MinIO recommends specifying this optional prefix for remote storage tiers which contain other data, including transitioned objects from other MinIO deployments. This tutorial includes the necessary syntax for setting this prefix.
MinIO tiering behavior depends on the remote storage returning objects immediately (milliseconds to seconds) upon request. MinIO therefore cannot support remote storage which requires rehydration, wait periods, or manual intervention.
MinIO creates metadata for each transitioned object that identifies its location on the remote storage. Applications cannot trivially identify and access a transitioned object independent of MinIO. Availability of the transitioned data therefore depends on the same core protections that erasure coding and distributed deployment topologies provide for all objects on the MinIO deployment. Using object transition does not provide any additional business continuity or disaster recovery benefits.
Workloads that require BC/DR protections should implement MinIO Server-Side replication. Replication ensures objects remains preserved on the remote replication site, such that you can resynchronize from the remote in the event of partial or total data loss. See Resynchronization (Disaster Recovery) for more complete documentation on using replication to recover after partial or total data loss.
MinIO lifecycle management supports expiring objects on a bucket.
Object “expiration” involves performing a
DELETE operation on the object.
For example, you can create a lifecycle management rule to expire any object older than 365 days.
mc ilm rule add --expire-days to expire objects after a specified number of calendar days.
MinIO applies the expiration option to only the current object version by creating a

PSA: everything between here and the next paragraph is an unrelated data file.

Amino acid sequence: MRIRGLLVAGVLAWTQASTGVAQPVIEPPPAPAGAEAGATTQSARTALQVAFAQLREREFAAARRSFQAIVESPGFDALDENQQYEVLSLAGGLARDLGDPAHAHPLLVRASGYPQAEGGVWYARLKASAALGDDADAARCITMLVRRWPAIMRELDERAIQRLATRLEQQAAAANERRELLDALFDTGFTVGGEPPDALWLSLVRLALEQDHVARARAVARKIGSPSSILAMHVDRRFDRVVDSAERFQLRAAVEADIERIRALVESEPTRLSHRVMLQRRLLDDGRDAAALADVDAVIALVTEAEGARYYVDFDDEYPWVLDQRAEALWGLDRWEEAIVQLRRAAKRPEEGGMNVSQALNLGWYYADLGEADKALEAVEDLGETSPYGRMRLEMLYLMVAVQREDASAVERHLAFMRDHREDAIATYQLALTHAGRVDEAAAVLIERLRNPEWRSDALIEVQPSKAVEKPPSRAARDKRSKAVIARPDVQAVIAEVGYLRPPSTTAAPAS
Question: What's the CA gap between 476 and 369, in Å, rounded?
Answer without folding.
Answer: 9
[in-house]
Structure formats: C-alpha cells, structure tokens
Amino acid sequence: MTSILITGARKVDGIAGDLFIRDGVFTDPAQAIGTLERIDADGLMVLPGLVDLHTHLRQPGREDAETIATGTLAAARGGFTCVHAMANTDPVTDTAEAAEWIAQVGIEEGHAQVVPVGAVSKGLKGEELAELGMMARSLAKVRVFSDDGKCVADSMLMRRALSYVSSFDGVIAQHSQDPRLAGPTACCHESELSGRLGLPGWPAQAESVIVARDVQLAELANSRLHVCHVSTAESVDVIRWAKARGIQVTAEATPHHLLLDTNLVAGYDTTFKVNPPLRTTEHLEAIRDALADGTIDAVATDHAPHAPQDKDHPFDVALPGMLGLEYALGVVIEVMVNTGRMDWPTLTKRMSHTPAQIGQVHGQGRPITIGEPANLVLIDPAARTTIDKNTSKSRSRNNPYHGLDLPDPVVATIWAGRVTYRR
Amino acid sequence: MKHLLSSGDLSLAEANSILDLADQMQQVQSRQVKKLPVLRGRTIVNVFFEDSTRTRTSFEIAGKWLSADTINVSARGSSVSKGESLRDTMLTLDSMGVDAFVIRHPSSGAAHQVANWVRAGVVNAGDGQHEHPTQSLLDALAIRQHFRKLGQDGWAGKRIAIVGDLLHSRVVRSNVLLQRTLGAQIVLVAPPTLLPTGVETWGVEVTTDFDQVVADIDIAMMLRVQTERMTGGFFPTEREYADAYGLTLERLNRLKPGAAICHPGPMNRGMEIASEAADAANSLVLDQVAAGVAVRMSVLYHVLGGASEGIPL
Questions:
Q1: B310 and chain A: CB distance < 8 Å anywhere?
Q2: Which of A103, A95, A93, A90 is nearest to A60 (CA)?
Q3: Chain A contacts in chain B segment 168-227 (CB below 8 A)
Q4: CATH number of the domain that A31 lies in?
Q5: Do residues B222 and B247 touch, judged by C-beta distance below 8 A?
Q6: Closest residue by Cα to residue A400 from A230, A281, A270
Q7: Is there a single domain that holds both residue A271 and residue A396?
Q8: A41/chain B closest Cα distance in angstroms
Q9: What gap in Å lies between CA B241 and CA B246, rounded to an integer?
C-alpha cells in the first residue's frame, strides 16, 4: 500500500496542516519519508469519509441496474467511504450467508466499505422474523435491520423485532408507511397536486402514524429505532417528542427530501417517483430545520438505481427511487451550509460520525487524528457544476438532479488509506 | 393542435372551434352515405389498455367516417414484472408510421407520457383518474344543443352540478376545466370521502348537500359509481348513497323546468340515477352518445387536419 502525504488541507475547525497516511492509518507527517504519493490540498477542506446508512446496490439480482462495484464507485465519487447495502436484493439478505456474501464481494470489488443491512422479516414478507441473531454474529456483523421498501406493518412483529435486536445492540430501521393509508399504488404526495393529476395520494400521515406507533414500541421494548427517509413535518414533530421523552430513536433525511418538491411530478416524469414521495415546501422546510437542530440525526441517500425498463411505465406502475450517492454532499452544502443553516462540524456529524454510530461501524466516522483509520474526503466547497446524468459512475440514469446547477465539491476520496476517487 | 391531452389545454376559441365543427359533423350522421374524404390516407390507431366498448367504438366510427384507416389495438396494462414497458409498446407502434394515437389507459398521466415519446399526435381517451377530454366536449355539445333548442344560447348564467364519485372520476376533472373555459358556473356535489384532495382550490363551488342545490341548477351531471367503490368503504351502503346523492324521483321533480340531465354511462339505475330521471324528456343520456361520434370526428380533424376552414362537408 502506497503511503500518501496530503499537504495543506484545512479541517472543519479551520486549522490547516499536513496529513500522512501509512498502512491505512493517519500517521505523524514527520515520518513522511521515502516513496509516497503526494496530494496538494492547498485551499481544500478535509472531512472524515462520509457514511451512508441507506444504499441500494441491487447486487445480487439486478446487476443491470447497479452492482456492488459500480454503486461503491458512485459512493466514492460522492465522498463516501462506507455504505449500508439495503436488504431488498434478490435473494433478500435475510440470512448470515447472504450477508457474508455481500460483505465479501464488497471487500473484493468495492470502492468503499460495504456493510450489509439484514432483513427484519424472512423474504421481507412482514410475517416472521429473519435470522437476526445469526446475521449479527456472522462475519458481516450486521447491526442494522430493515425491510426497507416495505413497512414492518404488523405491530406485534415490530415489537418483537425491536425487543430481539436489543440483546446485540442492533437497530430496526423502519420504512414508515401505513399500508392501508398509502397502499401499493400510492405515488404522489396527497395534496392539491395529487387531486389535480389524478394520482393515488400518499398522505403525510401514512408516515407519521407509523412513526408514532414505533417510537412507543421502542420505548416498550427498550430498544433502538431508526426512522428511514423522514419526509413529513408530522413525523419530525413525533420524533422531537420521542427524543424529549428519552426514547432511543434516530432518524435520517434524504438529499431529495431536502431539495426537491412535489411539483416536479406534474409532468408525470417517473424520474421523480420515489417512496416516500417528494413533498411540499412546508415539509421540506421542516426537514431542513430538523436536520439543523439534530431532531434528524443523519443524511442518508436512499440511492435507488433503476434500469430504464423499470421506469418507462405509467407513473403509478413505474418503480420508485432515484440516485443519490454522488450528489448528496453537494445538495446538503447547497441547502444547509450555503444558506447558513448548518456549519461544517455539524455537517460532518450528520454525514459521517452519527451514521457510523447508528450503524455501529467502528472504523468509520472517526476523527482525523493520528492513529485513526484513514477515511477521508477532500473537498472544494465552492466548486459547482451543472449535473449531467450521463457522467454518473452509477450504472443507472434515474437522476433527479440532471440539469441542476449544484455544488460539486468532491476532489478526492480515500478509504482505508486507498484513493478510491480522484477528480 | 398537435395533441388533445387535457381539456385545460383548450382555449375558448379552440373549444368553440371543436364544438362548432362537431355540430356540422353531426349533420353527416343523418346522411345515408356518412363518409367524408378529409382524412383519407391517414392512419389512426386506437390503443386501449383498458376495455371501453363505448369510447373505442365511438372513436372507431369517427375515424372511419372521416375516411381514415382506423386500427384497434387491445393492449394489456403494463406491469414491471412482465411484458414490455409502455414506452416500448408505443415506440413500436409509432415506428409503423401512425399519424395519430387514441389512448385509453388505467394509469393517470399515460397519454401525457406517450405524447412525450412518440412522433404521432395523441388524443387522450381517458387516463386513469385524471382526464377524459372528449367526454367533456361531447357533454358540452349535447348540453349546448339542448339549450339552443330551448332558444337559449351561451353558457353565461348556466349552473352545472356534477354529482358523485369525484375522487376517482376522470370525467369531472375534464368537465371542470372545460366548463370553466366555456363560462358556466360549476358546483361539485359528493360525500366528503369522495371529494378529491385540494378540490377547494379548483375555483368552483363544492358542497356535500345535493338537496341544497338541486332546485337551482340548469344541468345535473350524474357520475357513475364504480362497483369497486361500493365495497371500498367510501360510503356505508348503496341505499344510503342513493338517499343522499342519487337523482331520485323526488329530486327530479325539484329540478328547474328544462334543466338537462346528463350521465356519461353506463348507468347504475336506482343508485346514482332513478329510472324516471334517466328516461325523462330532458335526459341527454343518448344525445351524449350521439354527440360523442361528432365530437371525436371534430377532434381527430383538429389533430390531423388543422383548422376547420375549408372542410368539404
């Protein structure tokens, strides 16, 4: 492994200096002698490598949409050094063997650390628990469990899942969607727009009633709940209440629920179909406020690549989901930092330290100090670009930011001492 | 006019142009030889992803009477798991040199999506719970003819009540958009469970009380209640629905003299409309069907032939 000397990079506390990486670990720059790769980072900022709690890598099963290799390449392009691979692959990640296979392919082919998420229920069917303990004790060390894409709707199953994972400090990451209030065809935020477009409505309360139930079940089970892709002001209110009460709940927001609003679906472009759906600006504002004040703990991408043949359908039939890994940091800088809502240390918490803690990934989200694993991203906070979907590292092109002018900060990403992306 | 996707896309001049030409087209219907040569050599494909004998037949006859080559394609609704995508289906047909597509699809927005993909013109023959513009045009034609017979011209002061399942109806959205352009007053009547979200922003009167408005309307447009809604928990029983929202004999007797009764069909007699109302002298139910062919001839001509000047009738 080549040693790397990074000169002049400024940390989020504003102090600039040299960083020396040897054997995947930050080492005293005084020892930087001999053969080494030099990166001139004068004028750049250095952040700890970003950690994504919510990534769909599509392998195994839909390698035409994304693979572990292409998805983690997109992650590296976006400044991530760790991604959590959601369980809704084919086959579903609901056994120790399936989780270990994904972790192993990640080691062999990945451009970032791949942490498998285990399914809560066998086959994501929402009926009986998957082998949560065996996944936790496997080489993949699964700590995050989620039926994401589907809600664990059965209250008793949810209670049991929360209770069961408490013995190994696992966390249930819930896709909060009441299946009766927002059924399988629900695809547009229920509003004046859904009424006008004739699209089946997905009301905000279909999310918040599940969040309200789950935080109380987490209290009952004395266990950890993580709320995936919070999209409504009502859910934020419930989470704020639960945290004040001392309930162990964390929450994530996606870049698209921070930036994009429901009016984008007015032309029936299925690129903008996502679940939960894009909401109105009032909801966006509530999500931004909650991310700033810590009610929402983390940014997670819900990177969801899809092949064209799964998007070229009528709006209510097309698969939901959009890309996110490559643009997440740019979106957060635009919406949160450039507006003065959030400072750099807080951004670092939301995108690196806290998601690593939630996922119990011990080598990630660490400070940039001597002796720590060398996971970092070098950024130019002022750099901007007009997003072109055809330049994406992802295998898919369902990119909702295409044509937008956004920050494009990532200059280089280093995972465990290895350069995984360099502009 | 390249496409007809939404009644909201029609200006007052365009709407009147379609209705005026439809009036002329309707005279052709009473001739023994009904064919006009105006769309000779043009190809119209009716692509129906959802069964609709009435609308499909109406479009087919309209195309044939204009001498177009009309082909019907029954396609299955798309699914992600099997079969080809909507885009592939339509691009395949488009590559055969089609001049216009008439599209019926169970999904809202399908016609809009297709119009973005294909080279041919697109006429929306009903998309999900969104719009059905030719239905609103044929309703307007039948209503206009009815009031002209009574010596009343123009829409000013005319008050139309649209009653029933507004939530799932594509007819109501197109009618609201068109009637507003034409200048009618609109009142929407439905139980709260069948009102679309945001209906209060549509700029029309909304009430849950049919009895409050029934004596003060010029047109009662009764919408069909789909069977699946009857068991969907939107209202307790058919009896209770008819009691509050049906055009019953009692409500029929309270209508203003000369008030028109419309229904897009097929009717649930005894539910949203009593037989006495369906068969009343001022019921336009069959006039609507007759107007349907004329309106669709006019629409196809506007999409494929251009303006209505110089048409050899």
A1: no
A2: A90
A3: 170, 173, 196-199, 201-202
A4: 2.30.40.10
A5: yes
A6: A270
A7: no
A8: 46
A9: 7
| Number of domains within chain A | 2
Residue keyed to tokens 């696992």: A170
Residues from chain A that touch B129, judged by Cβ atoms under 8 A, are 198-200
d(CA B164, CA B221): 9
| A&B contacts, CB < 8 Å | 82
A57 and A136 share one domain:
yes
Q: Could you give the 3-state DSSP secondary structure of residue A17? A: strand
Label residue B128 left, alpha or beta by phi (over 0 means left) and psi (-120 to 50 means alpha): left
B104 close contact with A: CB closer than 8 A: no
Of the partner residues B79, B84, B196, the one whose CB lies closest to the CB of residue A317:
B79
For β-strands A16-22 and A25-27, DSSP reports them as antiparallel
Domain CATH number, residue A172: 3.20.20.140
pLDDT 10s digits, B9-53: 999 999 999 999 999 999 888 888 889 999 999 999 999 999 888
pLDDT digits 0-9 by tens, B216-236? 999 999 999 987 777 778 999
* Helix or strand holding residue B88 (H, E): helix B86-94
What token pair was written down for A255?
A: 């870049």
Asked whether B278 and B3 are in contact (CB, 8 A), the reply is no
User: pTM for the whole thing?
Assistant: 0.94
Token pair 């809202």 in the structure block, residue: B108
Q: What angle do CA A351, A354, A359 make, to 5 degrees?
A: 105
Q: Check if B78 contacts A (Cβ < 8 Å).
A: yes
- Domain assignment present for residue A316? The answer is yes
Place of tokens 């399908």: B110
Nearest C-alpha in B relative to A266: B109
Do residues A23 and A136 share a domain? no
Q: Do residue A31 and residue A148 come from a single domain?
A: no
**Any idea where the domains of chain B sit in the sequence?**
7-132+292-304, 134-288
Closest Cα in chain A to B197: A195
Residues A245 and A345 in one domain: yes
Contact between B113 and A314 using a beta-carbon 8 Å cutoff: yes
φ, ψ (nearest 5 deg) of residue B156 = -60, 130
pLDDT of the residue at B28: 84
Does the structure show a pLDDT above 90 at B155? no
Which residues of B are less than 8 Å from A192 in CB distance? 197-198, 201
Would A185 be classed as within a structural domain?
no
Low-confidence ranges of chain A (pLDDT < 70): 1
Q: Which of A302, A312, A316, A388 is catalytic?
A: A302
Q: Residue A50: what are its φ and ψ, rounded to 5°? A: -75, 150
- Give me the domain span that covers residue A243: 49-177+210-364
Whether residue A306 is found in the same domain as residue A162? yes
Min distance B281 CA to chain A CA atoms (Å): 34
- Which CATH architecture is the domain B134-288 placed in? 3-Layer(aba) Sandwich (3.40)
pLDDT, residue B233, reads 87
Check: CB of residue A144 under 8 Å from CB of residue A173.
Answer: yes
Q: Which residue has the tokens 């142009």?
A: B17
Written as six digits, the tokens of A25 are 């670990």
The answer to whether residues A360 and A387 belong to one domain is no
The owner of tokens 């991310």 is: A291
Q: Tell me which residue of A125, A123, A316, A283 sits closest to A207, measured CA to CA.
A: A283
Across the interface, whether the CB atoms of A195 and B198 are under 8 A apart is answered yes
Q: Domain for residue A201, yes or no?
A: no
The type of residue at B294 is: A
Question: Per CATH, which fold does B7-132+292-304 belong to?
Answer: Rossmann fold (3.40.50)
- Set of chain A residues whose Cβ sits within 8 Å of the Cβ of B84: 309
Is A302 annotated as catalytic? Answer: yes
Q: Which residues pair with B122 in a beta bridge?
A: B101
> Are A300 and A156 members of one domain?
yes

DeleteMarkeras is normal with versioned delete.
To expire noncurrent object versions, specify the
--noncurrent-expire-daysoption when creating the expiration rule.
MinIO does not expire
DeleteMarkerseven if no other versions of that object exist.
To expire delete markers when there are no remaining versions for that object, specify the
--expire-delete-markeroption when creating the expiration rule.
MinIO uses a built-in scanner to actively check objects against all configured lifecycle management rules. The scanner is a low-priority process that yields to high I/O workloads to prevent performance spikes triggered by rule timing. The scanner may therefore not detect an object as eligible for a configured transition or expiration lifecycle rule until after the lifecycle rule period has passed.
Scanner performance typically depends on the available node resources, the size of the cluster, and the complexity of bucket hierarchy (objects and prefixes). For example, a cluster that starts with 100TB of data that then grows to 200TB of data may require more time to scan the entire namespace of buckets and objects given the same hardware and workload. As the cluster or workload increases, scanner performance decreases as it yields more frequently to ensure priority of normal S3 operations.
Consider regularly checking cluster metrics, capacity, and resource usage to ensure the cluster hardware is scaling alongside cluster and workload growth: